Keep fit and party until dawn on Boxing Day.
STIR Up Sunday, the last Sunday before Advent, when cooks put on their aprons and mix up the ingredients for a Christmas pudding, fell this year on 22 November. Large quantities of dried fruit (pre-soaked in brandy), nutmeg, mixed spice, shredded almonds, suet, eggs, brown sugar, flour and grated apple, are mixed together with milk, turned into a greased basin, and steamed for several hours. On Christmas morning, the seductive aroma of cloves, cinnamon and nutmeg will fill the kitchen, as the pudding is steamed once again, before serving with brandy butter or ice cream.
There are dedicated fans of the ready-made who prefer shop-bought Christmas puddings, boxed mince pies and Christmas hams, already baked in brown sugar and studded with cloves and red cherries. Convenient this may be, but who would miss out on the chance to wield a large wooden spoon to stir up the pudding, always from east to west, while making that all important Christmas wish?
Following on from Stir Up Sunday is Thanksgiving, an annual national holiday in the United States, when Americans re-enact a harvest feast, celebrated in 1621 by the Pilgrim Fathers and the Wampanoag people. Today, the fourth Thursday of November, Americans all over the world will be celebrating in one way or another. At this time of the year, family members like to hang out with each other, putting aside minor quarrels and differences. In spite of dire warnings by CDC and advice to stay at home, many will have travelled long distances to be at that all important sit down feast of roast turkey, mashed potato, gravy, green bean casserole, corn, sugared yams and pumpkin pie.
Native Americans, considering the death and destruction caused by their colonisers, have a different perspective on Thanksgiving. Chef Sean Sherman, author of The Sioux Chef’s Indigenous Kitchen, relates how his great grandfather helped fight off General Custer at the Battle of Little Bighorn. Instead, however, of dwelling on the past, Chef Sean wants to focus on the values that apply today to everyone – togetherness, generosity and gratitude. The dishes he’ll be preparing for this year’s feast will include manzanita berries, stewed venison, wild rice, wild plums, cactus fruit and smoked salmon, all traditional native American favourites.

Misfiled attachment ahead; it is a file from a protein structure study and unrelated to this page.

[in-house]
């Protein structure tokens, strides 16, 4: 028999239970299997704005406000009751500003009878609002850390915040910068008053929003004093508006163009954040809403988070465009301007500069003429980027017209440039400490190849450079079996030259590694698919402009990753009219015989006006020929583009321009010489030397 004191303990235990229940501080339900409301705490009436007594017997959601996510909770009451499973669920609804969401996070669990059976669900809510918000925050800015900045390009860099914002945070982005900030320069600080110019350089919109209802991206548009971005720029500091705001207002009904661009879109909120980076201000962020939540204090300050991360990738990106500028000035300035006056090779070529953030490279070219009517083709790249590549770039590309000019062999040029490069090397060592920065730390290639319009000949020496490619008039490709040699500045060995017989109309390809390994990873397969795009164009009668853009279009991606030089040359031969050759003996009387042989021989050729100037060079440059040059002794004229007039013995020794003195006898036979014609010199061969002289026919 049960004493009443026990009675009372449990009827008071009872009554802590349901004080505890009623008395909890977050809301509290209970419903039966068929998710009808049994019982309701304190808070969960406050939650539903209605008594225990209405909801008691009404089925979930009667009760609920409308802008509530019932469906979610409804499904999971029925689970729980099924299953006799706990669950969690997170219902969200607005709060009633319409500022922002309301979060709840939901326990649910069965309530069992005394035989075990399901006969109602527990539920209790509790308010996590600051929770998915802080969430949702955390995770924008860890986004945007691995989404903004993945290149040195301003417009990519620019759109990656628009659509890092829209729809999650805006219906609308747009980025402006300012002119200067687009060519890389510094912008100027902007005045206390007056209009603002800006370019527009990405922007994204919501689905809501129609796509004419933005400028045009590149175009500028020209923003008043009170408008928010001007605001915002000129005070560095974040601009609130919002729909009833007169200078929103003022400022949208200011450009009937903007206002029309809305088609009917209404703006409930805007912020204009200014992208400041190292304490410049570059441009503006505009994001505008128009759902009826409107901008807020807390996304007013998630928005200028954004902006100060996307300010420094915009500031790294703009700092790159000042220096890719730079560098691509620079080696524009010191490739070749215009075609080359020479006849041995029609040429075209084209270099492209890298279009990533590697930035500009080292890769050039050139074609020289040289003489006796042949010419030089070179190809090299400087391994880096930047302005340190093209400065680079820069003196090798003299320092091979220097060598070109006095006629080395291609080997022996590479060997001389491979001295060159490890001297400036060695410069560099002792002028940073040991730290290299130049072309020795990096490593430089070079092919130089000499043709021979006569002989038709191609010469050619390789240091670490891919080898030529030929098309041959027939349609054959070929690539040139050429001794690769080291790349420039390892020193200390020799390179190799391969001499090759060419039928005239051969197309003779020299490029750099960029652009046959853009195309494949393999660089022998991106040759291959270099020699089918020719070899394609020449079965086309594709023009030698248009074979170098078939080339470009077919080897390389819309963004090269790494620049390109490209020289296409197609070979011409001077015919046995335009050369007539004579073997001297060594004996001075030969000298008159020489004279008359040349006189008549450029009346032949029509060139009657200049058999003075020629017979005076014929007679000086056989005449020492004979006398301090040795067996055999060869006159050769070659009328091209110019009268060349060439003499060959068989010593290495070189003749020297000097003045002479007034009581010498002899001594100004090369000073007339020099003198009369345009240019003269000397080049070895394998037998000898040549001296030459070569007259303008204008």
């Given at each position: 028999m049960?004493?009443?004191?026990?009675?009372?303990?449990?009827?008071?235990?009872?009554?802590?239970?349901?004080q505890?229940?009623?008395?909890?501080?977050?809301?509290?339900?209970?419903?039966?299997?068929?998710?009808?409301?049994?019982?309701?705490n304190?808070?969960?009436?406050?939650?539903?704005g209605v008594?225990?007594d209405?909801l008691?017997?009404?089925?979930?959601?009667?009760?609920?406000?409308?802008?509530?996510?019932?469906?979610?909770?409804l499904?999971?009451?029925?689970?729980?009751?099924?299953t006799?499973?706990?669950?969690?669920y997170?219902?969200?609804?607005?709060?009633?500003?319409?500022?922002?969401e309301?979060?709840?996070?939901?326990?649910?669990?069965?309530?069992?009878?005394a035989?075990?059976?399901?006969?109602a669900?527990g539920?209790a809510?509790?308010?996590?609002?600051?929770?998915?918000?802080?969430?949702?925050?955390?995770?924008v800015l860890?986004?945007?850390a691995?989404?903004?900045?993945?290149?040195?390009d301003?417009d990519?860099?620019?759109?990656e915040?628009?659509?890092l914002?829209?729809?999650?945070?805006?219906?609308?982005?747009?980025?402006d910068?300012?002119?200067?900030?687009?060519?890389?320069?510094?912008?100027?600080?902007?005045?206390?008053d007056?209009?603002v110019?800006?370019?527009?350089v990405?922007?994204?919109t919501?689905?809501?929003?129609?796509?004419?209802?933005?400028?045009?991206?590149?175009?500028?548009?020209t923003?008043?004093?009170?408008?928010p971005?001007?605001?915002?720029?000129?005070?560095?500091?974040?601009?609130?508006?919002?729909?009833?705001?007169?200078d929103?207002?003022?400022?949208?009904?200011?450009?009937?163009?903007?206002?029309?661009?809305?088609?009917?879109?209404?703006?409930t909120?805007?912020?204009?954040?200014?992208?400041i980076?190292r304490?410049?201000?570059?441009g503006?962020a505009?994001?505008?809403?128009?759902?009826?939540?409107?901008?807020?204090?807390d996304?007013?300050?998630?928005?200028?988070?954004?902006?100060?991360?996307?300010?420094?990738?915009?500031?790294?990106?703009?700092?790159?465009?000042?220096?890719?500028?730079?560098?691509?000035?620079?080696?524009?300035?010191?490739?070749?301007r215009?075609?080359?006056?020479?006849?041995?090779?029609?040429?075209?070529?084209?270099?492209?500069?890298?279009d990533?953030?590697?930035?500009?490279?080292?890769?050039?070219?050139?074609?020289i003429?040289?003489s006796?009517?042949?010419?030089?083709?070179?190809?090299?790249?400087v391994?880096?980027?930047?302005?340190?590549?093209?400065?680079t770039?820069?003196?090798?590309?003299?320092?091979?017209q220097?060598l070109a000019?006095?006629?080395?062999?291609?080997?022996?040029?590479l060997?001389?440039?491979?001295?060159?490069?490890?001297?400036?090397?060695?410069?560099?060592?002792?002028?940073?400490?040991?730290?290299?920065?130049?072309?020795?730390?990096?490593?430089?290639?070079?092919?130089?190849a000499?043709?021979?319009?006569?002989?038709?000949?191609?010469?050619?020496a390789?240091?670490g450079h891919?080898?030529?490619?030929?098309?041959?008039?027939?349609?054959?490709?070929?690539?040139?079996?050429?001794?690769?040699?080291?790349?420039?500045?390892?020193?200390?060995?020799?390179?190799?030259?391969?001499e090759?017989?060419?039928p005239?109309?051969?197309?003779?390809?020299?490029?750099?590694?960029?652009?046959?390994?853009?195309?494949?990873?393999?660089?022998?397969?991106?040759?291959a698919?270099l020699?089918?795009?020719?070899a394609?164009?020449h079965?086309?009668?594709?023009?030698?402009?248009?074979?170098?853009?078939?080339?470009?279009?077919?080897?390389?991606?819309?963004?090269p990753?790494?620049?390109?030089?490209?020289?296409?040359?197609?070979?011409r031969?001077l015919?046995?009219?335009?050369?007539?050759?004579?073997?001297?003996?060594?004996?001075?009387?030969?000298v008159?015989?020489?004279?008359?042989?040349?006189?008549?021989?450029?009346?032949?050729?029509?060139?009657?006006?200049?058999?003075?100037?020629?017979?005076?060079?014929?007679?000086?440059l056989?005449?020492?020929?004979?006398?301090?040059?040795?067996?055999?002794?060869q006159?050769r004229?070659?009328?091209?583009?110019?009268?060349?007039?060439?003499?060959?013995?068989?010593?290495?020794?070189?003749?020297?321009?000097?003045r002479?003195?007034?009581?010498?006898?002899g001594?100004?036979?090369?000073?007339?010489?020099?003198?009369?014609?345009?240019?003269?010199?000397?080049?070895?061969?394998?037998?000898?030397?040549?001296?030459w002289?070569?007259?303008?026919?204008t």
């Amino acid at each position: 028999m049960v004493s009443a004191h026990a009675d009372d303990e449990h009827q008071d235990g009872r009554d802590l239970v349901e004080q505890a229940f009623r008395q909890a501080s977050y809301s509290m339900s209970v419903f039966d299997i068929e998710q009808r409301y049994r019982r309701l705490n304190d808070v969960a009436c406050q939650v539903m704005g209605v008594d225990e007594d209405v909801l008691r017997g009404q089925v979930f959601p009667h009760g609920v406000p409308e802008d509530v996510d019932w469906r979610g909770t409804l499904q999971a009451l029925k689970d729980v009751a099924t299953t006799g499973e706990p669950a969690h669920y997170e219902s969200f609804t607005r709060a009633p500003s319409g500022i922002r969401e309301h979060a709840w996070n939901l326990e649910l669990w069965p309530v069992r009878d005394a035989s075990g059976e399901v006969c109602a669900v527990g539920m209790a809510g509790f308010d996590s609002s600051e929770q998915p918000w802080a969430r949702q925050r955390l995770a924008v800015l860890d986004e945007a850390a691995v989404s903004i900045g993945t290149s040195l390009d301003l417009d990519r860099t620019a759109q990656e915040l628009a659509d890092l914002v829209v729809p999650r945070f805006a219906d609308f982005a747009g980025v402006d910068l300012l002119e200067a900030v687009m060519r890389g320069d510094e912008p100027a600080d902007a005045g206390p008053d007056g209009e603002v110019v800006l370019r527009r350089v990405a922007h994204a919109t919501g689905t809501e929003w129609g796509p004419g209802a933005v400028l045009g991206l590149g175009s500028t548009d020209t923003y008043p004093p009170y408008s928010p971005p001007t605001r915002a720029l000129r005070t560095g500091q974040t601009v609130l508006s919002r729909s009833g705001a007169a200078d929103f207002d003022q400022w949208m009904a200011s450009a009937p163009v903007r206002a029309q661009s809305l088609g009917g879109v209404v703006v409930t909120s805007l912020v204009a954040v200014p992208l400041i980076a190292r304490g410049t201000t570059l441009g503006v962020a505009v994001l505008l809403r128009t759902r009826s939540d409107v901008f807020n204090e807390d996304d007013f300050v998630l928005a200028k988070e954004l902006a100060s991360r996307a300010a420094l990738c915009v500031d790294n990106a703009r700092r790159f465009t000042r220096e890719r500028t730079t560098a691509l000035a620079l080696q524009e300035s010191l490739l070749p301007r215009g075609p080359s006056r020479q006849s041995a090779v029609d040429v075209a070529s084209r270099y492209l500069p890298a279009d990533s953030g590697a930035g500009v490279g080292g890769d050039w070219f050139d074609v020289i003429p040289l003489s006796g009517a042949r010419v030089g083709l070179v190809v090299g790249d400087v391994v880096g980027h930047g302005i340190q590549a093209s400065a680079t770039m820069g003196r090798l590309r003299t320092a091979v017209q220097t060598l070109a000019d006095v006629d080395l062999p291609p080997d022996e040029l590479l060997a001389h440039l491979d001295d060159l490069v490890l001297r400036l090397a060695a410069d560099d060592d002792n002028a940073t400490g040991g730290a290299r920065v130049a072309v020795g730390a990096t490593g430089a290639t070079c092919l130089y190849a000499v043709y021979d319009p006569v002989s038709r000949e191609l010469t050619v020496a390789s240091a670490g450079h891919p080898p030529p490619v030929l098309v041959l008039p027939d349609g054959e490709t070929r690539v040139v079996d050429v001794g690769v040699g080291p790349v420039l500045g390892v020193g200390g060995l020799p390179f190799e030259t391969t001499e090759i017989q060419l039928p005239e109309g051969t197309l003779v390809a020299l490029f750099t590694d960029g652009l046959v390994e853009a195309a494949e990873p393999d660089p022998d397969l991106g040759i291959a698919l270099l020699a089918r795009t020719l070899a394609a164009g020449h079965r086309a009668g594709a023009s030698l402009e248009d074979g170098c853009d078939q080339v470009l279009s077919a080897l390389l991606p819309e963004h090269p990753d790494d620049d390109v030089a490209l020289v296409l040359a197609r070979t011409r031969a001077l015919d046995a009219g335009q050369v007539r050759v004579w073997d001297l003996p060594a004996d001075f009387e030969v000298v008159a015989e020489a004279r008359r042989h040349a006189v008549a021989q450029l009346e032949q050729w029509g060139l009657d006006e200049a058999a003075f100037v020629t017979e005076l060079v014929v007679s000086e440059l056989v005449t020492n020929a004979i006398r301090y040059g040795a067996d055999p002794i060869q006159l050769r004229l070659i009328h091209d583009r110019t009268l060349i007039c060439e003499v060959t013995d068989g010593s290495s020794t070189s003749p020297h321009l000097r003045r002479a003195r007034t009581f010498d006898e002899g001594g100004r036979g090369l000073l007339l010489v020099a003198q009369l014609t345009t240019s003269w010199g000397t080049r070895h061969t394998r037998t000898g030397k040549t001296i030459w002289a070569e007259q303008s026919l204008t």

Preparing for a healthier festive season can start now, in the weeks between Thanksgiving and Christmas. Bearing in mind that you’ll drink a few glasses of mulled wine on Christmas Eve, Bucks Fizz (Champagne and orange juice) at breakfast on Christmas Day, wine with the roast turkey and pigs in blankets with lunch, and brandy in the evening, why not forsake alcohol for the time being? If that seems too anti-social, adopt water-backing and drink a glass of water after each alcoholic drink.
Take things a step further, and enrol at MiGym in Fisher Avenue, Rolf Valley. Sign up for one of the many courses on offer at this world class, state-of-the-art gym, and you could be well-muscled and beautiful by Christmas Eve. Choose a customised workout routine with any of the instructors, and find yourself doing Turkish getups, Bulgarian split squats and Russian twists, with occasional burpees, plank holds, skips and lunges. Different physical activities are recommended for different age groups, so whether you’re 15 or 75 years old, you’ll find the right programme.
After your early morning work out, stop by at Freshly Ground coffee bar adjoining the gym, for a healthy green smoothie, poached egg and avo on toast, or a freshly baked croissant generously filled with ham and cheese. Barista Jeffrey is on hand to make you a perfectly blended cappuccino, hot chocolate, latte or espresso, while manageress Shamela provides a cheery welcome to all patrons, and makes sure everything is running smoothly.
You’re unlikely to become super fit in the remaining days until Christmas, but whatever exercise you do undertake now, will give you more energy, improve your self-confidence and reduce all stress levels. Best of all, you can exchange those elasticised trousers and caftans for your flyest outfits, eat your fill and party until dawn on Boxing Day. A Matter of Taste with Charlotte Makakoff
Comments to: firstname.lastname@example.org